Each governmental step in the process, over many decades, has driven costs higher and higher. The next steps will be no different, except likely in driving costs higher, faster, and the only trick that government will be able to try to pull will be in disguising, hiding, or obfuscating those costs.

Posted by: msoja | September 22, 2009 10:44 AM | Report abuse

A comment above makes a distinction between academic theories and "in-the-trenches" practices, which is significant. Over the past few days, I've heard more and more people remark that they feel as if they're part of a laboratory experiment -- where legislators without practical experience are determining policies based solely on suggestions from theoreticians.

Posted by: rmgregory | September 22, 2009 10:52 AM | Report abuse

rmgregory, do you think that the ideas of compensation via "value" based systems for example are theoretical? Mayo Clinic has been around for quite a long time.

My own proposals are structured to reward systems like Mayo and other scattered success stories that are more effective than average and offer good value.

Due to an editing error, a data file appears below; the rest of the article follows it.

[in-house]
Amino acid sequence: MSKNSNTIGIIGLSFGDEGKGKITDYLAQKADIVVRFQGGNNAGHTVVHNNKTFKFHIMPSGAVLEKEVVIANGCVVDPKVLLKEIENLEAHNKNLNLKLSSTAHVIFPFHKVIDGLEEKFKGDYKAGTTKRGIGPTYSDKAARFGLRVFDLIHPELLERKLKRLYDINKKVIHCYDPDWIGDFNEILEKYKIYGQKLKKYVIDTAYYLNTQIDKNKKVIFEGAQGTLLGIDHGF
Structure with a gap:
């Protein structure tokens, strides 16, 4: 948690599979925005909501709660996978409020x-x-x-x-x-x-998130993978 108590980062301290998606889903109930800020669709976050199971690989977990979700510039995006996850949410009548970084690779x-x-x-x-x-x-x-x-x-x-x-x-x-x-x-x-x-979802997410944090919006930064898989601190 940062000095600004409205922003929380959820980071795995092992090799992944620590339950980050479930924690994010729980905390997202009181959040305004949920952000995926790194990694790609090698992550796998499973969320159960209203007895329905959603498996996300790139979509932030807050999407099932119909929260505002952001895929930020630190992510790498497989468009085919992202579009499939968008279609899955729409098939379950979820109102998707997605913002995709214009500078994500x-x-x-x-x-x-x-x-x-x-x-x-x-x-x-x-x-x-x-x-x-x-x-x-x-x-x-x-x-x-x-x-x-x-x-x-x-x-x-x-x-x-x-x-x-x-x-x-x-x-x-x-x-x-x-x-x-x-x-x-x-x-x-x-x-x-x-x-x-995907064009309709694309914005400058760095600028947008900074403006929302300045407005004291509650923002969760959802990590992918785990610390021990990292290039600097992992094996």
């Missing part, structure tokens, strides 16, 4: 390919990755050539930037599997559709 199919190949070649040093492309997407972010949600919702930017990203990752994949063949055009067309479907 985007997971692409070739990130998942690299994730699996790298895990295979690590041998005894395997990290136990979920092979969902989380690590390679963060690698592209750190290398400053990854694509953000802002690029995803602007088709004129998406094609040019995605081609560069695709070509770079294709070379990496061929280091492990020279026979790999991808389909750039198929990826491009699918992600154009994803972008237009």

Posted by: HalHorvath | September 22, 2009 11:15 AM | Report abuse

I can't think of a way to make an accurate nutshell of my pay-for-outcomes-over-time system, which handles complexity, partial success, drug cost incentives, evolving dynamic outcome criteria, etc. But one quality I'll mention is this system does not specify how providers must operate, but rather leaves them free to innovate.

http://findingourdream.blogspot.com/2009/06/new-way-to-hold-down-health-care-costs.html

Posted by: HalHorvath | September 22, 2009 11:45 AM | Report abuse

If the Mayo Clinic can't seek its own rewards, then they don't merit government's stolen rewards. If the Mayo Clinic does do things successfully, then they don't need political "redistributions".

That's the collectivist's conundrum.

Collectivism prospers under the first-bag-is-free theory of governmental handout addiction.

The Mayo Clinic, and everywhere else, should succeed or fail on their own merits. Giving them *extra* money for successes they would have achieved anyway will only distort the future incentives.